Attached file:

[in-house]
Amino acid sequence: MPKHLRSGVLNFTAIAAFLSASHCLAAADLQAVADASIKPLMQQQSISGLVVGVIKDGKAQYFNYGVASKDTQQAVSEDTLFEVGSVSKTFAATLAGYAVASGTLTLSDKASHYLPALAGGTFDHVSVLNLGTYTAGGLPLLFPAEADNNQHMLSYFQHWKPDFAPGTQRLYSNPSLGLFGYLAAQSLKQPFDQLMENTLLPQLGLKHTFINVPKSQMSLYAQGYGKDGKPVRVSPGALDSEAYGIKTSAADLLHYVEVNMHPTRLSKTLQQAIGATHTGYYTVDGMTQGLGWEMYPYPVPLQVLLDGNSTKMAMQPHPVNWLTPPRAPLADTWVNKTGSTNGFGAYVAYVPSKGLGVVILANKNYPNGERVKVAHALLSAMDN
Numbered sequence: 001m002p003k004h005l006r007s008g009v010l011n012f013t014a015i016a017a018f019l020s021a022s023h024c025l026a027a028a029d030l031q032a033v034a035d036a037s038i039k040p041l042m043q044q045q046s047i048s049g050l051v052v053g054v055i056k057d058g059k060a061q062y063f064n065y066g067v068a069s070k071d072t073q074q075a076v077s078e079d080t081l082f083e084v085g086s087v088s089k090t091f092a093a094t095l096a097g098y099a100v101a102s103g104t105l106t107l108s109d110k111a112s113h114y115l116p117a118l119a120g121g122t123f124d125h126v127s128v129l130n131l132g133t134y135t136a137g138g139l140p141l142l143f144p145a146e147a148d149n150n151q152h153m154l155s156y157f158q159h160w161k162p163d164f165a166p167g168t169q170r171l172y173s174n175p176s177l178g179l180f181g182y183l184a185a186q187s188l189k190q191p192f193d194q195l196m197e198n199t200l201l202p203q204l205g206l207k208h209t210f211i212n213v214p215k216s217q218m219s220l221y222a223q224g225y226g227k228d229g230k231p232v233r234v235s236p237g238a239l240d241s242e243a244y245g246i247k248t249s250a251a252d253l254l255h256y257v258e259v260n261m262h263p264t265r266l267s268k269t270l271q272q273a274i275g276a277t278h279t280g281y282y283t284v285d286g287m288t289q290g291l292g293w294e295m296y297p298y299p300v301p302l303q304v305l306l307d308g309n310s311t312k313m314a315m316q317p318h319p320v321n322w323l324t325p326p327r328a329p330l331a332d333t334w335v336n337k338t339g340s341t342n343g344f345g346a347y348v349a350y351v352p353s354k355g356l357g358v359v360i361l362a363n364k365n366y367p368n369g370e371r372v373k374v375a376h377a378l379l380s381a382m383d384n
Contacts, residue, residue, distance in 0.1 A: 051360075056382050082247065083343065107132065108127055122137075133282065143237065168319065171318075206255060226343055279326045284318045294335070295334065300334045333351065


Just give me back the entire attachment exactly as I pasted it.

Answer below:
[in-house]
Amino acid sequence: MPKHLRSGVLNFTAIAAFLSASHCLAAADLQAVADASIKPLMQQQSISGLVVGVIKDGKAQYFNYGVASKDTQQAVSEDTLFEVGSVSKTFAATLAGYAVASGTLTLSDKASHYLPALAGGTFDHVSVLNLGTYTAGGLPLLFPAEADNNQHMLSYFQHWKPDFAPGTQRLYSNPSLGLFGYLAAQSLKQPFDQLMENTLLPQLGLKHTFINVPKSQMSLYAQGYGKDGKPVRVSPGALDSEAYGIKTSAADLLHYVEVNMHPTRLSKTLQQAIGATHTGYYTVDGMTQGLGWEMYPYPVPLQVLLDGNSTKMAMQPHPVNWLTPPRAPLADTWVNKTGSTNGFGAYVAYVPSKGLGVVILANKNYPNGERVKVAHALLSAMDN
Numbered sequence: 001m002p003k004h005l006r007s008g009v010l011n012f013t014a015i016a017a018f019l020s021a022s023h024c025l026a027a028a029d030l031q032a033v034a035d036a037s038i039k040p041l042m043q044q045q046s047i048s049g050l051v052v053g054v055i056k057d058g059k060a061q062y063f064n065y066g067v068a069s070k071d072t073q074q075a076v077s078e079d080t081l082f083e084v085g086s087v088s089k090t091f092a093a094t095l096a097g098y099a100v101a102s103g104t105l106t107l108s109d110k111a112s113h114y115l116p117a118l119a120g121g122t123f124d125h126v127s128v129l130n131l132g133t134y135t136a137g138g139l140p141l142l143f144p145a146e147a148d149n150n151q152h153m154l155s156y157f158q159h160w161k162p163d164f165a166p167g168t169q170r171l172y173s174n175p176s177l178g179l180f181g182y183l184a185a186q187s188l189k190q191p192f193d194q195l196m197e198n199t200l201l202p203q204l205g206l207k208h209t210f211i212n213v214p215k216s217q218m219s220l221y222a223q224g225y226g227k228d229g230k231p232v233r234v235s236p237g238a239l240d241s242e243a244y245g246i247k248t249s250a251a252d253l254l255h256y257v258e259v260n261m262h263p264t265r266l267s268k269t270l271q272q273a274i275g276a277t278h279t280g281y282y283t284v285d286g287m288t289q290g291l292g293w294e295m296y297p298y299p300v301p302l303q304v305l306l307d308g309n310s311t312k313m314a315m316q317p318h319p320v321n322w323l324t325p326p327r328a329p330l331a332d333t334w335v336n337k338t339g340s341t342n343g344f345g346a347y348v349a350y351v352p353s354k355g356l357g358v359v360i361l362a363n364k365n366y367p368n369g370e371r372v373k374v375a376h377a378l379l380s381a382m383d384n
Contacts, residue, residue, distance in 0.1 A: 051360075056382050082247065083343065107132065108127055122137075133282065143237065168319065171318075206255060226343055279326045284318045294335070295334065300334045333351065